Person:Jan Spoor (1)

Watchers
Jan Wybesse Or Wybes SPOOR
b.1640
d.Aft 11 Aug 1723 Linlithgo, Columbia, NY
m. Abt 1678
  1. Gerritt SPOORAbt 1678 - 1719
  2. Isaac SPOORAbt 1680 - Abt 1724
  3. Johannes SPOOR1680 - 1745
  4. Saartje SPOOR1684 - Bef 1709
  5. Antje Jans SPOOR1686 - 1690
  6. Barentje SPOORAbt 1688 -
  7. Nicholaas SPOOR1690 -
  8. Nicolas SPOOR1690 -
  9. Annetje SPOOR1691 -
  10. RebeccaSPOOR/SPOOR/ Rebeca1694 -
  11. Rachel SPOOR1697 -
Facts and Events
Name[1][2][3][4][5][6][7] Jan Wybesse Or Wybes SPOOR
Gender Male
Birth? 1640
Alt Birth? 1640 Harlingen, Friesland, Netherlands
Christening? 5 Jul 1640 Harlingen, Friesland, Netherlands
Immigration? Abt 1650 From Holland to the Hudson River Valley
Occupation? 1662 farm servant
Residence? 1662 Niskayuna, Albany, NY
Marriage Abt 1678 to Anna Maria HANSE-BARHEIT
Reference Number Anna Maria HANSE-BARHEIT
Death[8] Aft 11 Aug 1723 Linlithgo, Columbia, NY
Alt Death? 1723 Linlithgow, Columbia, Ny
Alt Death[9] Aft 11 Aug 1723 Linlithgo, Columbia, NY
Reference Number? 3436


The word Spoor is the Dutch for track or trail and as a common noun is used to designate the traces left by an animal or man in the sand, the mud or the snow. The name as applied to a family is a common one today in Holland, but when or how it came to be applied either to the Dutch or to the American family now bearing that name is lost in obscurity. In the original Dutch, the name is pronounced as though it were spelled Spore, the Dutch oo being like our long o sound, and it is probable that this pronunciation will account for the change in spelling the name to Spore, which appears in several branches of the family. Spur is also the German equivalent of the Dutch Spoor. The Spoors in general have been tall and stalwart figures, in the earlier generations frequently attaining a height of more than six feet. They have manifested the Dutch virtues of industry, frugality and probity, and have been the solid men in the communities in which they have lived. FROM: Spoor Family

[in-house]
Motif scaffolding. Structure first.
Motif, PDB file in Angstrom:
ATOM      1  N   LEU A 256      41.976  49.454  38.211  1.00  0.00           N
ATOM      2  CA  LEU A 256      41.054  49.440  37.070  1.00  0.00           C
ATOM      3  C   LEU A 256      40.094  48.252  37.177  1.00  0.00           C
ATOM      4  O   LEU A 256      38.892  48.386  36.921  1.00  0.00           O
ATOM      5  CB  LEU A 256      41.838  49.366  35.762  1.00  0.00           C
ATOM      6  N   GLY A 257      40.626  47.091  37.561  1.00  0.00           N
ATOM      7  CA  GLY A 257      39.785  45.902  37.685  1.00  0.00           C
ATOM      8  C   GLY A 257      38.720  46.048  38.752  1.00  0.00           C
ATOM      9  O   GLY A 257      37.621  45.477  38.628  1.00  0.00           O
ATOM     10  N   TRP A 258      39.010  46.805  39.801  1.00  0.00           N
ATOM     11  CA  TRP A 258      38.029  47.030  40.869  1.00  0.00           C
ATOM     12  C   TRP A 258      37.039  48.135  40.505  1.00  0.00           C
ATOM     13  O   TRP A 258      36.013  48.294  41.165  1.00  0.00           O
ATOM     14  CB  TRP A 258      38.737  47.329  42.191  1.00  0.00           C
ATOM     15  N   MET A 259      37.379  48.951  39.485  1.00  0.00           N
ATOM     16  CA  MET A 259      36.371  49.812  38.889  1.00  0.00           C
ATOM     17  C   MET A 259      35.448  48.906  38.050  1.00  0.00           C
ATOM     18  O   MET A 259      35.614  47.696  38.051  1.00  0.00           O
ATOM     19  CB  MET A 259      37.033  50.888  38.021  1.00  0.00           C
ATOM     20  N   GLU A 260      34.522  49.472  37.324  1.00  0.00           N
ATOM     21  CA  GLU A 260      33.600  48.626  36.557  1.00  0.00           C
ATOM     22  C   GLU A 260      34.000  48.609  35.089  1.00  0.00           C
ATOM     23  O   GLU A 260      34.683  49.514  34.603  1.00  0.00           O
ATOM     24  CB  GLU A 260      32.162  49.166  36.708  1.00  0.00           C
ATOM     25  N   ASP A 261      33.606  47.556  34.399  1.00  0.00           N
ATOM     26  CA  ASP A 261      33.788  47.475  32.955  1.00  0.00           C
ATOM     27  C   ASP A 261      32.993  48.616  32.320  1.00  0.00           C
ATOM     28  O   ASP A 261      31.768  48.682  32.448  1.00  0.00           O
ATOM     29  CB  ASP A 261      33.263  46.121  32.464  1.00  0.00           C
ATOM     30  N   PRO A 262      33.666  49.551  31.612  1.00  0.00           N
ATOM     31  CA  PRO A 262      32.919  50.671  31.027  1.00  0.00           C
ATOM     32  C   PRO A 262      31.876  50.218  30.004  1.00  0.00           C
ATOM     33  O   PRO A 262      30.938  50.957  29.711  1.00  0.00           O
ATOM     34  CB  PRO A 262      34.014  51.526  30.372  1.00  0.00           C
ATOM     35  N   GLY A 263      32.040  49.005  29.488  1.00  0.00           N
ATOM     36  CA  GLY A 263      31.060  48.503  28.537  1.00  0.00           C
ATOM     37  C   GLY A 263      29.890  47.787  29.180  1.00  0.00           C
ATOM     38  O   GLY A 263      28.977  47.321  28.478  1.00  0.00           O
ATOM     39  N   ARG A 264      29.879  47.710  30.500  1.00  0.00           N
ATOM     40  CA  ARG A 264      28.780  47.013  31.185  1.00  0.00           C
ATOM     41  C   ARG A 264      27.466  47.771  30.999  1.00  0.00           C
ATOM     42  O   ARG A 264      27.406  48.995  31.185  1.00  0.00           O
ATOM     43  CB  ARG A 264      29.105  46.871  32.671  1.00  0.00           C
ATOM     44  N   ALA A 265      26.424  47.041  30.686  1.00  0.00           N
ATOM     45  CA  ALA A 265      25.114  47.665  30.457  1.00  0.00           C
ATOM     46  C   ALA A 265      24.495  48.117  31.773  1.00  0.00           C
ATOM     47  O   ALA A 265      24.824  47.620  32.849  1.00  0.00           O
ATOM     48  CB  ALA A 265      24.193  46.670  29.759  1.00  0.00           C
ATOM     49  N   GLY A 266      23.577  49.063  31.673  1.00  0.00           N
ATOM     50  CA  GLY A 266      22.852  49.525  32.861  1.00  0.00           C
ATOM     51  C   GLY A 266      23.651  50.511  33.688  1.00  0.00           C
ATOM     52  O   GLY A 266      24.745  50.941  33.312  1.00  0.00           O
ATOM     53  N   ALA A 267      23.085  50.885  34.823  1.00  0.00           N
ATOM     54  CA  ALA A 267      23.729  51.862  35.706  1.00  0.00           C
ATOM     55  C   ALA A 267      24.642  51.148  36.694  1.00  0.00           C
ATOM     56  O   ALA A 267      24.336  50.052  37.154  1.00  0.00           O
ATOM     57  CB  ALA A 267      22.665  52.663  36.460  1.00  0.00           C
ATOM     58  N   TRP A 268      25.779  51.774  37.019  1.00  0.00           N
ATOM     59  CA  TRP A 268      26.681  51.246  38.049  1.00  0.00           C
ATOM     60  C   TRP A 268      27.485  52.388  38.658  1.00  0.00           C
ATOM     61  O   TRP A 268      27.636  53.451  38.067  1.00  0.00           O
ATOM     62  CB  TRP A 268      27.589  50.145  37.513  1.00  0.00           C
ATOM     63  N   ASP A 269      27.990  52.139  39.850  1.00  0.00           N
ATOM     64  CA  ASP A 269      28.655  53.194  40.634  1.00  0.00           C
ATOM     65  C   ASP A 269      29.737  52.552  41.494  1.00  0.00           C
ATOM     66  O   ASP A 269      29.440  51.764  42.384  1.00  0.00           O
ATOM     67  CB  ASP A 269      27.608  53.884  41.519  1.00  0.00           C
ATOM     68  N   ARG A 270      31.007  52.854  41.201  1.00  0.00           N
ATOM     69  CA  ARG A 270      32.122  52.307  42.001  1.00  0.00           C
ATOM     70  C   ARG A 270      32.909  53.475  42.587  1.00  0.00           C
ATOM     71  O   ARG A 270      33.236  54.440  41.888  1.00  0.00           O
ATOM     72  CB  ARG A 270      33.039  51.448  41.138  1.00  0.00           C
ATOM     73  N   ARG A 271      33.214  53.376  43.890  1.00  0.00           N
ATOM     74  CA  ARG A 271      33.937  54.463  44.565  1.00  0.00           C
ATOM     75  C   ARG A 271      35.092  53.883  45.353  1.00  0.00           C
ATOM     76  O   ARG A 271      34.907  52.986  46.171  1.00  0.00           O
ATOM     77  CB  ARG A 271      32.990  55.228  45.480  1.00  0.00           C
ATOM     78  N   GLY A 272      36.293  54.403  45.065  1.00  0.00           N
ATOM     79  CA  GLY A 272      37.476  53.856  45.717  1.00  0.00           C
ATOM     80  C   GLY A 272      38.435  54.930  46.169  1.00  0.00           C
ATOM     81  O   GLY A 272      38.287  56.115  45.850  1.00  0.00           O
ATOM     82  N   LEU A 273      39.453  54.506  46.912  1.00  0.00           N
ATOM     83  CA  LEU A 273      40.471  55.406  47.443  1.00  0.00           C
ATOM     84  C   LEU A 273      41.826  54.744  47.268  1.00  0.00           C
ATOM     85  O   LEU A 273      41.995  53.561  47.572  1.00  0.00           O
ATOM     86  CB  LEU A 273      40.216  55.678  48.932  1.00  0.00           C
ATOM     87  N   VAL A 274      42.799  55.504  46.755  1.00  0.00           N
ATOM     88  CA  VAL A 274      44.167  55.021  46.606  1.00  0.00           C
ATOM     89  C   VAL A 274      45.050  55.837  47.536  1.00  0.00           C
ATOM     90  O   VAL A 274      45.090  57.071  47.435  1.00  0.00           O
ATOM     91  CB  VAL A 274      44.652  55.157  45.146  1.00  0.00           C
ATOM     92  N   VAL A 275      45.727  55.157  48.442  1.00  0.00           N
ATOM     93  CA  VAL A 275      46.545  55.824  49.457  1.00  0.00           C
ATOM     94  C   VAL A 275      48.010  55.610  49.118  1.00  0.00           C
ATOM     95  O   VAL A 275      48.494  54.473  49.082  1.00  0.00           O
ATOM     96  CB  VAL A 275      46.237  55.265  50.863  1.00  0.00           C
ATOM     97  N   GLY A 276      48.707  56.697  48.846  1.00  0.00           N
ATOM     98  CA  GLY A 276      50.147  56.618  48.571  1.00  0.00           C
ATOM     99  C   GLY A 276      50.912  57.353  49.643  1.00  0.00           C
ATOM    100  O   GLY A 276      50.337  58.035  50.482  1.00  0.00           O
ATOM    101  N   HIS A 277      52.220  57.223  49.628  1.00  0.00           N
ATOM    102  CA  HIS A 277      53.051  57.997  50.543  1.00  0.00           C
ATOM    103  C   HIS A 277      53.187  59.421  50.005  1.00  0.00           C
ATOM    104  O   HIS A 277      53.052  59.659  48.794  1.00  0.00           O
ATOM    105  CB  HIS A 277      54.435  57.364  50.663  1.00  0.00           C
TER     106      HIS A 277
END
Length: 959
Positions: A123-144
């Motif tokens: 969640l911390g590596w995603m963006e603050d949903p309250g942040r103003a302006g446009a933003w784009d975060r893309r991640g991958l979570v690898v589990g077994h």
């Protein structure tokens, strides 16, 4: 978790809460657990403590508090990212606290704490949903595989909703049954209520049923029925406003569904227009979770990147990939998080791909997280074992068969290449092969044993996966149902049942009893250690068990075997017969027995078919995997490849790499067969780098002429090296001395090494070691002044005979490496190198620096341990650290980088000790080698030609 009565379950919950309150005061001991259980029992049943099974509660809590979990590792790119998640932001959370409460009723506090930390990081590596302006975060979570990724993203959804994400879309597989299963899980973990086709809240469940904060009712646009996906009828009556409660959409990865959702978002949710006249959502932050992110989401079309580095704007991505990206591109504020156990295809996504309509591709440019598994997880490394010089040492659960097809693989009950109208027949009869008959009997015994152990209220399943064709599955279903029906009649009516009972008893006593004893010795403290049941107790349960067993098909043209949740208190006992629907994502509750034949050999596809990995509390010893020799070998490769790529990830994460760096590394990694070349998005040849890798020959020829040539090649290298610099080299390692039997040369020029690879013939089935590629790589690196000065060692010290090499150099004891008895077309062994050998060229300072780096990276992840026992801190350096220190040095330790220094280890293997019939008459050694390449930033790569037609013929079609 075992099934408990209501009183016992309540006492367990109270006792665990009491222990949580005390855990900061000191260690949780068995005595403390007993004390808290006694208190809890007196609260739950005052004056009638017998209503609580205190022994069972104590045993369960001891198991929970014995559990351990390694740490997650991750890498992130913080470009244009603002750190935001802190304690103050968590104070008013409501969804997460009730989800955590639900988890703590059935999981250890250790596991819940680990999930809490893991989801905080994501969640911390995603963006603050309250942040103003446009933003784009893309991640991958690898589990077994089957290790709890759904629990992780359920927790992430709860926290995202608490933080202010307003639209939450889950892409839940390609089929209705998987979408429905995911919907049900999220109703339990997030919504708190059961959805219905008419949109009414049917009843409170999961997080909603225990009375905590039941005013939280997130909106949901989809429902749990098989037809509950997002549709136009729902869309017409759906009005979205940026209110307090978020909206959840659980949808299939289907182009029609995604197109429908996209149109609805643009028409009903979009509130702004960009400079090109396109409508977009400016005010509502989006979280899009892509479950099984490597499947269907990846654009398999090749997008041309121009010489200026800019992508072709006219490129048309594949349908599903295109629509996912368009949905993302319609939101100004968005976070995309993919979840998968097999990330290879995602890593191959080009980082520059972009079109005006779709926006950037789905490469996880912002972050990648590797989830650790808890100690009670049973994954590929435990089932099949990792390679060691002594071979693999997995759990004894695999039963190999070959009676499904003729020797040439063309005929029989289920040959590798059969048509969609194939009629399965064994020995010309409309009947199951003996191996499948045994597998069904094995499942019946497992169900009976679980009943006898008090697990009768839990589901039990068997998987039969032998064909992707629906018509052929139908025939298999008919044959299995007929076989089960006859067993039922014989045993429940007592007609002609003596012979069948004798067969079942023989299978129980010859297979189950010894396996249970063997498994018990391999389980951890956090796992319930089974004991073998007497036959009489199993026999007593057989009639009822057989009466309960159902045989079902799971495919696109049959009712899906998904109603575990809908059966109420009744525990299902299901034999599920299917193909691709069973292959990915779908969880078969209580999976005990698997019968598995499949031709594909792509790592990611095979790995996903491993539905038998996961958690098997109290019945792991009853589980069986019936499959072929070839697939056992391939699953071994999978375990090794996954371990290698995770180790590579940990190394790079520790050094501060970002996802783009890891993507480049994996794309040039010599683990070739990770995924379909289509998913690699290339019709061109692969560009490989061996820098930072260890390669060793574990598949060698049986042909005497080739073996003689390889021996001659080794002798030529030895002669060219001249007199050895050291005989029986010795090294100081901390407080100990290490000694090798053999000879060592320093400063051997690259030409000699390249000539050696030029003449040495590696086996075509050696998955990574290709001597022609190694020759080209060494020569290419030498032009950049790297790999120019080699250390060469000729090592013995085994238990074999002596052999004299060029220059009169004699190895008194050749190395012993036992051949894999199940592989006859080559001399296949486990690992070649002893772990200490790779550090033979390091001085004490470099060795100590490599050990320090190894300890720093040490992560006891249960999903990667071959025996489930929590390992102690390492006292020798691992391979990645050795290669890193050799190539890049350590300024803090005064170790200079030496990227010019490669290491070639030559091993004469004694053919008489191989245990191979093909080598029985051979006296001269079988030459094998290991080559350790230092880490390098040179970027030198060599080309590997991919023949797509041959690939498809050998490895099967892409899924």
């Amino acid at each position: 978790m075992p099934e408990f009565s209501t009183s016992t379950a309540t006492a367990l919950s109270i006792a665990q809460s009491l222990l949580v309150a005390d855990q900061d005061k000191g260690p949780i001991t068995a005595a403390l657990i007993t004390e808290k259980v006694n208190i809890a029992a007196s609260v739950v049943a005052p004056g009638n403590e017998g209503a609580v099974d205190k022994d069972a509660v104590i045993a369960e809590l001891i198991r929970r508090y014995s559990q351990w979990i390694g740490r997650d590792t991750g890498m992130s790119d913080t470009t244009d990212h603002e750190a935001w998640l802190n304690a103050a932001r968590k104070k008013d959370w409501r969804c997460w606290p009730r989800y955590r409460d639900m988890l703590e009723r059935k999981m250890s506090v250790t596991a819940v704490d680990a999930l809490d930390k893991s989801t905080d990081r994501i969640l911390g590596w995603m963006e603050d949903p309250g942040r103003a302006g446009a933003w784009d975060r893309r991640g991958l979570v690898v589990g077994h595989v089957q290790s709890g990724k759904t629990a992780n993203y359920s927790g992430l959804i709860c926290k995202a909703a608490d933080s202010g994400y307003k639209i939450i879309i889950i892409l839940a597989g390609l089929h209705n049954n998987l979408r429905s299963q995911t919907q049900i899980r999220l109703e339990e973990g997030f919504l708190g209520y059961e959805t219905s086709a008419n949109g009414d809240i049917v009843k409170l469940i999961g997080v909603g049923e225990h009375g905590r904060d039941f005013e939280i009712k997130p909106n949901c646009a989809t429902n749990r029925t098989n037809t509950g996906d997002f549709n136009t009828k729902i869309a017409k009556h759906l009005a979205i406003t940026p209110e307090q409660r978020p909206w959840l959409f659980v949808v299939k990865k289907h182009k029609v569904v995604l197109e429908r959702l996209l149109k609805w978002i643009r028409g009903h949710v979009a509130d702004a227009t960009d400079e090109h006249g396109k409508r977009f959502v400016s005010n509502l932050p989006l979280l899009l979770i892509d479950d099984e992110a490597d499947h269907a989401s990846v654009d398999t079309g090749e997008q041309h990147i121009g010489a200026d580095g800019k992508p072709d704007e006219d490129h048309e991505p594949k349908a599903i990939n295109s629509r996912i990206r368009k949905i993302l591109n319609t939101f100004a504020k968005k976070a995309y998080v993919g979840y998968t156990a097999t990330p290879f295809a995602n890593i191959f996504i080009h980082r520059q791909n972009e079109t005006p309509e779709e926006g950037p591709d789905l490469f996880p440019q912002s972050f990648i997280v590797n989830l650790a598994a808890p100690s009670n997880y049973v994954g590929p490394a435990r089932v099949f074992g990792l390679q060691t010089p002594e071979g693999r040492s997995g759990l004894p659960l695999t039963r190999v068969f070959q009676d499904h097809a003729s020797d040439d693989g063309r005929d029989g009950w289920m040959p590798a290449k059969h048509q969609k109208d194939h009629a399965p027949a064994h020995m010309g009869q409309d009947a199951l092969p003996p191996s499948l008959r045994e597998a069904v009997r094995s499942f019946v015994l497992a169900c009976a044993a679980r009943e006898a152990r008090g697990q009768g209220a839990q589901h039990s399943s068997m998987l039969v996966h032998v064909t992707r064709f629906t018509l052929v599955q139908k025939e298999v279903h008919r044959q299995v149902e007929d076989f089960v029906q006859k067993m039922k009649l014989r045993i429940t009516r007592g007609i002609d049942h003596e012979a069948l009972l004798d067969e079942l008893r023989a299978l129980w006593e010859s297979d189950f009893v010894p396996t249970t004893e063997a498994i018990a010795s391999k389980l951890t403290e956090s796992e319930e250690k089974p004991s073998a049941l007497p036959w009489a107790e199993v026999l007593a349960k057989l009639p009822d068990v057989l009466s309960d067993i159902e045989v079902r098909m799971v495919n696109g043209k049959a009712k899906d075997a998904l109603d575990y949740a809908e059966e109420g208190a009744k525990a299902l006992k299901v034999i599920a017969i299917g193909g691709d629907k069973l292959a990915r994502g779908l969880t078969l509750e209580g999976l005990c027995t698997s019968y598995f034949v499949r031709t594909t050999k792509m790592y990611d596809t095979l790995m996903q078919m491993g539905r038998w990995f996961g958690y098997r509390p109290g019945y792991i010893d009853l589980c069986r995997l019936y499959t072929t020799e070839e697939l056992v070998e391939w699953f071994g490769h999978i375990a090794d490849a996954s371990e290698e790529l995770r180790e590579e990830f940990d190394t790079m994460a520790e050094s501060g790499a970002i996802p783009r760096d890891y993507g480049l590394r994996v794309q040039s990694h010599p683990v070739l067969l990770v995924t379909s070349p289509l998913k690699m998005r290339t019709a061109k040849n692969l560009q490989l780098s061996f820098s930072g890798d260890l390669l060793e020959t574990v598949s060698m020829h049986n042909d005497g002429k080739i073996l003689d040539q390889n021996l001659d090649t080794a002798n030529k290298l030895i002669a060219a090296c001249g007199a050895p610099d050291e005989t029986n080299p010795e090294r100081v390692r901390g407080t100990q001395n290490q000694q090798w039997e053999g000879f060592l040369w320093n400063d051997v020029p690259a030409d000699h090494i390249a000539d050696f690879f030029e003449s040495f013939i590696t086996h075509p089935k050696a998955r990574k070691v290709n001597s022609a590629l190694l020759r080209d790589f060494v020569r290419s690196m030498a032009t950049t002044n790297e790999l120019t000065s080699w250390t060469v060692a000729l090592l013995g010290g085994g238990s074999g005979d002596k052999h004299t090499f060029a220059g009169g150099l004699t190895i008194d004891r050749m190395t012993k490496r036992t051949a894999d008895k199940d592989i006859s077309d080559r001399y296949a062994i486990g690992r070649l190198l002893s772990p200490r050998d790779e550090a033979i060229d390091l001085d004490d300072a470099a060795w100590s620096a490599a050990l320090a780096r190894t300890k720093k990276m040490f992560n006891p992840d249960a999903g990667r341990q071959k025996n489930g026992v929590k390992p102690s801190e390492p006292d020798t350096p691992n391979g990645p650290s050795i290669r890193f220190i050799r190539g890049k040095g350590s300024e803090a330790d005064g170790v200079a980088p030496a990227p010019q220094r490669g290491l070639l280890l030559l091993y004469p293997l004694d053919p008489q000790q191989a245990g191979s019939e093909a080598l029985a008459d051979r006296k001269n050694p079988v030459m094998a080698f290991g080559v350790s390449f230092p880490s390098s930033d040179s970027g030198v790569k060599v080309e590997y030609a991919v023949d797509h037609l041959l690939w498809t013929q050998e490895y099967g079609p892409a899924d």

From: A SKETCH OF SOME OF THE PROMINENT FAMILIES OF THE TOWN OF DANUBE The Spoor family is of Fresian origin, the original immigrant having been Jan Wybesee Von Harlingen who came to the New Netherlands prior to 1662. He first settled in the Catskills and afterwards in Niskayuna. One of his daughters was a victim of the Schenectady massacre in 1690

From-Collections on History of Albany Spoor, alias Wybesse, Jan, of Niskayuna; in 1662, Jan Wybesse Van Harlingen, farm servant, bought of Christoffel Davidts 16 morgens of land over the kil at Catskill, lying next Eldert Gerbertse Cruiff's land. In 1698, he owned land at Niskayuna, which he sold to Johannes Schuyler for 120. His wife was Anna Maria Hanse. Ch: bp.; Antje; she was killed and burnt at Schenectady by the French and Indians Feb. 9, 1690; Saartje, Dec. 3, 1684; Nicolaas, April 27, 1690; Annetje, June 7, 1691; Rebecca, April 22, 1694; Rachel, Jan. 31, 1697.


The last record of Jan Spoor was in Aug of 1723. At this date he was recorded as a member of the Linlithgow church in Columbia County, New York. His burial place has not been found and it is believed that it was probably sunk below plow area, as were many other family plots of that time, to make way for agriculture.

References
  1. Collections on History of Albany.
  2. The Spoor Family in America by Marie A. Underwood.
  3. The Personalities of Melvin Hill Cemetery by David Burnisky 1995.
  4. Collections on History of Albany.
  5. The Spoor Family in America by Marie A. Underwood.
  6. The Personalities of Melvin Hill Cemetery by David Burnisky 1995.
  7. The Church of Jesus Christ of Latter-day Saints. Ancestral File (R) (14). (Copyright (c) 1987, June 1998, data as of 5 January 1998).
  8. The Spoor Family in America by Marie A. Underwood.
  9. The Spoor Family in America by Marie A. Underwood.